The main event was a presentation by Ian Roberts, entitled ‘Negative words and related expressions: some familiar puzzles’. Roberts proposed that n-words such as Modern French rien, jamais and aucun are ambivalent between a negative and a negative polarity status. When they are negative polarity items, n-words are goals that are dependent on the probe constituted by negative n-words. The dependence is captured by a Minimalist Agree relation. In keeping with Chomsky (2008), Roberts sought to pursue the assumption that only phase heads are true probes, doing away with the need for a NegP functional projection. He explored the implications of this approach for a range of contemporary languages such as Greek English and Italian, using the features [u/iNEG] and [u/iOp]. The feature system was applied to history of French. Revisiting Déprez (1997, 2000), Roberts argued that the emergence of determiners made it impossible to have null D apart from negative quantifiers such as rien, jamais and aucun, which as negatives remained the only ones capable of being interpreted as non-referential. In short, French n-words developed an iNEG feature via the inherently negative null D. The trigger of the change would therefore be the change of category of the n-words from nouns to pronouns and the ban on null D. He concluded that French n-words are [iNEG], [uOP], the latter feature having developed first, and the [iNeg] feature having developed from interaction with a null negative D.
The discussion was led by Pierre Larrivée and Richard Ingham. Larrivée posed some questions arising from the analysis of negative words in French presented in Roberts (2000) circulated before the meeting. The question of how to diagnose the status of Probe and Goal was raised, in view of item uses as constituent negation and in double negation that evidence the negative status of n-words. [The ensuing discussion raised the issue of locality as a difference between n-words and negative polarity items.] Richard Ingham mentioned the development of aucun as a non-assertive indefinite at the expense of nul, and noted that it spread from Continental French to Anglo-Norman in the mid 14th century, shortly after its emergence in CF. This change in the distribution of indefinites seemed independent of Jespersen’s cycle, if Roberts (2000) is right and Old French was a non-NC language.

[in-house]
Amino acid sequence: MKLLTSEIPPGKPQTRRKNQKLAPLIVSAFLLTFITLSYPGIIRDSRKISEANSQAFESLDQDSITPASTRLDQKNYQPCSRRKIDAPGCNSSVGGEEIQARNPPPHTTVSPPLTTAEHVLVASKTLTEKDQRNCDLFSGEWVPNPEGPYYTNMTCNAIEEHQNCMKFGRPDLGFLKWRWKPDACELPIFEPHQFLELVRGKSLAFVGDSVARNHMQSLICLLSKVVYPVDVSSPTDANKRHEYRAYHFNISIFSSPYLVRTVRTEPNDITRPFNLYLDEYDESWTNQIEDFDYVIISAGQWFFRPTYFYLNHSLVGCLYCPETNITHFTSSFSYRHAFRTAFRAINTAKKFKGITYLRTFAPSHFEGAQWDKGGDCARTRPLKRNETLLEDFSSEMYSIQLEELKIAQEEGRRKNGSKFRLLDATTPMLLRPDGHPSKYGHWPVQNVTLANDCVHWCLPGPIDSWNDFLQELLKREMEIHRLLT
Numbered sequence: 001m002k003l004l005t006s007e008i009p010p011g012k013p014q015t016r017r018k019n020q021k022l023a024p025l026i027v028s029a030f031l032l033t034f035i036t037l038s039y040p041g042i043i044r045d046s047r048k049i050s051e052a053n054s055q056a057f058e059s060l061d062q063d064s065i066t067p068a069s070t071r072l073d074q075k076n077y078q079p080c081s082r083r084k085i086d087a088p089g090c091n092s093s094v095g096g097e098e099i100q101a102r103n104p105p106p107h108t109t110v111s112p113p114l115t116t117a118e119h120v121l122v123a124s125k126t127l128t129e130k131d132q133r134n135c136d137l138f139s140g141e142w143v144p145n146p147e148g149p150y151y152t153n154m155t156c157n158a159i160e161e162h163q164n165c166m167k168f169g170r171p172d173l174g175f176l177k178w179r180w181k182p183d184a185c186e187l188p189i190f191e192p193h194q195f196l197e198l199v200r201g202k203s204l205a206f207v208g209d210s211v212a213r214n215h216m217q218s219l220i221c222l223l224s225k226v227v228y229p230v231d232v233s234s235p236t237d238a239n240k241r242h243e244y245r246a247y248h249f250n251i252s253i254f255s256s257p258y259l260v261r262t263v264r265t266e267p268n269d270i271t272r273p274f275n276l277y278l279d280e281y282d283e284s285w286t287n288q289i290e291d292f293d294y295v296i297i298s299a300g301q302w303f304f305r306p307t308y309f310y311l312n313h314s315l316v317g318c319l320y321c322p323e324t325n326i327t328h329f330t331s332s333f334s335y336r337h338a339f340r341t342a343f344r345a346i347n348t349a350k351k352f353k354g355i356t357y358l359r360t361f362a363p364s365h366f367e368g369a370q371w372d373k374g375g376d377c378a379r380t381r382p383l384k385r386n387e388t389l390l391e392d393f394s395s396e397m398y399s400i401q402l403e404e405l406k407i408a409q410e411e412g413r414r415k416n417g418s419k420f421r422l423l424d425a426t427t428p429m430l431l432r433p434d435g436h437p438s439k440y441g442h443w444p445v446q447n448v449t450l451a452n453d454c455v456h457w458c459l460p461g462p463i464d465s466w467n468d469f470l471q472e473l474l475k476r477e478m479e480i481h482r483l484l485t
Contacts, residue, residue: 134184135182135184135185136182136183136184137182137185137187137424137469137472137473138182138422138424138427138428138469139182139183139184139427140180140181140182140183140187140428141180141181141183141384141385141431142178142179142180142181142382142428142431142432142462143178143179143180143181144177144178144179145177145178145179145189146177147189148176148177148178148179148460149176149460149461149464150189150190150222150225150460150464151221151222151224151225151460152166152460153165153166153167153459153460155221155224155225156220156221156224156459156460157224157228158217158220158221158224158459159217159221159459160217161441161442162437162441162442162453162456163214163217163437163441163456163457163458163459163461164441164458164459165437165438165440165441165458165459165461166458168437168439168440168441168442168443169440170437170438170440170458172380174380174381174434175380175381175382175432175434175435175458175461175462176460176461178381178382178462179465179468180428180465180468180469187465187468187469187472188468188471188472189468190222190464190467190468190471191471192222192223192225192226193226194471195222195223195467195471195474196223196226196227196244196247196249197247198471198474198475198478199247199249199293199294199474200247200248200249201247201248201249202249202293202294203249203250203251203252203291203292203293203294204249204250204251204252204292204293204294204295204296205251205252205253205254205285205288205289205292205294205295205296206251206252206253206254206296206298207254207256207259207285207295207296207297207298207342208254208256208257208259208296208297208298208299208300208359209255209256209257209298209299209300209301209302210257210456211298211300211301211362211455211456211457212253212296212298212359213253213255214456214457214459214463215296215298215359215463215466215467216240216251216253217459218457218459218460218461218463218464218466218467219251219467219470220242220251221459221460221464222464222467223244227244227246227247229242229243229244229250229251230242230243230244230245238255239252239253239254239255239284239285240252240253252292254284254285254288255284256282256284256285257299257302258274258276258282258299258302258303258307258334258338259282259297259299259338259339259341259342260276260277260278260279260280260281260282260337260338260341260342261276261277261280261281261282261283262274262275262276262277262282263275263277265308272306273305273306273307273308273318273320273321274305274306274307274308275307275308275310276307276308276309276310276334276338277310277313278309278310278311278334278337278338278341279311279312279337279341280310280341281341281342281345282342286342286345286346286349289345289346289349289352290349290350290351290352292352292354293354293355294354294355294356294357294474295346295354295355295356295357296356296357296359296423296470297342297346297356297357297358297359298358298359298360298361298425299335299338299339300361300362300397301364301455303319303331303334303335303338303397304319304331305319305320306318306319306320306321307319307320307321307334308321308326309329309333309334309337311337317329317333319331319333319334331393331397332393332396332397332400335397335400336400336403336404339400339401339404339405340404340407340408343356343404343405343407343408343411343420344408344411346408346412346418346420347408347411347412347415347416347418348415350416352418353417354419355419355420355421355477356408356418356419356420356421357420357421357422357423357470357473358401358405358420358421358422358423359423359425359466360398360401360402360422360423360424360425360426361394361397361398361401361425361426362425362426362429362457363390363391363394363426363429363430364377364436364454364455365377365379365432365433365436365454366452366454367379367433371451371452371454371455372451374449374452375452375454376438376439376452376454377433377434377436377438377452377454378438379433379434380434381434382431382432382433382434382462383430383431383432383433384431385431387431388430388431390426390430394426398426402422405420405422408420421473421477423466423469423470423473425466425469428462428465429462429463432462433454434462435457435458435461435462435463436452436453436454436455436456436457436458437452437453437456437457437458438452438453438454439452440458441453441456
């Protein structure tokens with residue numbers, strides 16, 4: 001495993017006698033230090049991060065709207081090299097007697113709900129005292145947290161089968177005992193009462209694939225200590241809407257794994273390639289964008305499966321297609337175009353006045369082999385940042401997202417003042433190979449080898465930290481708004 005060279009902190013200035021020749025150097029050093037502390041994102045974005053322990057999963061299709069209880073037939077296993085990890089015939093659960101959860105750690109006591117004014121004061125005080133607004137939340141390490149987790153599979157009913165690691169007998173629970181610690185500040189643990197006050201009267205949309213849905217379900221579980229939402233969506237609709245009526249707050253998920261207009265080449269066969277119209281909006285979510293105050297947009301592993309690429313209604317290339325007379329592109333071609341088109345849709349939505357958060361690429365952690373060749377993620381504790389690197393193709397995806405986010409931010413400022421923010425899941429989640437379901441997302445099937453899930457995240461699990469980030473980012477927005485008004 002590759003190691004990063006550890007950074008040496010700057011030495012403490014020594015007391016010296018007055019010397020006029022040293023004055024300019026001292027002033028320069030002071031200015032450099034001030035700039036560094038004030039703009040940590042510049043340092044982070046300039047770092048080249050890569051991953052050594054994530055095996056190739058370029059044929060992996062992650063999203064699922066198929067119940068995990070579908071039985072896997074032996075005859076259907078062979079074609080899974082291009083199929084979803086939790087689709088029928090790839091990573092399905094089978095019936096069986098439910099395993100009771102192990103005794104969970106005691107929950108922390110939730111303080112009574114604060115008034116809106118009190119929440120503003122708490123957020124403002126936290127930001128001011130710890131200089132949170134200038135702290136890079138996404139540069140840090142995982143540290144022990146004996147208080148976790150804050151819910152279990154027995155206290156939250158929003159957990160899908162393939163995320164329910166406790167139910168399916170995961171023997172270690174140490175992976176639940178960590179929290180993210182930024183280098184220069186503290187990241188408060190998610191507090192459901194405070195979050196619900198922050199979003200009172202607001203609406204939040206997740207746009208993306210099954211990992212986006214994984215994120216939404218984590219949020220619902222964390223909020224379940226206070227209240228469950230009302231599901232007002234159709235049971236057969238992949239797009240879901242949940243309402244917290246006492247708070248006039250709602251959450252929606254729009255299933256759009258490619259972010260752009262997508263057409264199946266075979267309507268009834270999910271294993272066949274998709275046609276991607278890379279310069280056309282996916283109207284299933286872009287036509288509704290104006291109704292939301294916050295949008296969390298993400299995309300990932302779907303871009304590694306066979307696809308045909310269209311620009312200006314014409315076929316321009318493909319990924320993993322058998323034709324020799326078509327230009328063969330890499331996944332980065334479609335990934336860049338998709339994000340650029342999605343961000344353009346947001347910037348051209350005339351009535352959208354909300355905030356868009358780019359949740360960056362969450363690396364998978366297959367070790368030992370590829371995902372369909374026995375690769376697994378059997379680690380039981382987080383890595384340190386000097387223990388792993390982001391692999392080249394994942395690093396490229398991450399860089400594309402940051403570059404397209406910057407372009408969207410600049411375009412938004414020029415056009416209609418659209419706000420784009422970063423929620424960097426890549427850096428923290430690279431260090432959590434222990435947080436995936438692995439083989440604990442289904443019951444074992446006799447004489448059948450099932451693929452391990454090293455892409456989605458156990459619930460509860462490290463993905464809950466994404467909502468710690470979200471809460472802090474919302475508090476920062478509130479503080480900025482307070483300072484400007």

Henriette de Swart offered an OT analysis of the interpretation of a sequence of n-items (personne, rien etc.) which she took to be inherently negative. She distinguished two main cases, iteration (giving a DN reading) and resumption (giving an NC reading). These can be expressed in OT terms as Interpret Negation and Maximise Negation, whose relative positions in an OT tableau can then be varied to derive DN and NC readings. She then showed how her analysis could account for Jespersen cycle phenomena in various languages, and the gradual character of grammaticalisation.
From the exchanges emerged the idea that the option for the analysis of n-words was to treat them as symmetrically negative or as asymmetrically dependent on an external source of negation, and that criteria to determine the appropriate perspective were needed. Also in need of syntactic appraisal was the issue of the apparent gradual character of language change.
de Swart, Henriëtte. Negative polarity and negative indefinites in an optimization approach: a sketch of features, typology and grammaticalization
Ingham, Richard. Negation and indefinites in Old French: an extremely short introduction
Larrivée, Pierre. Concerning our Goals
Roberts, Ian. Negative words and related expressions: some familiar puzzles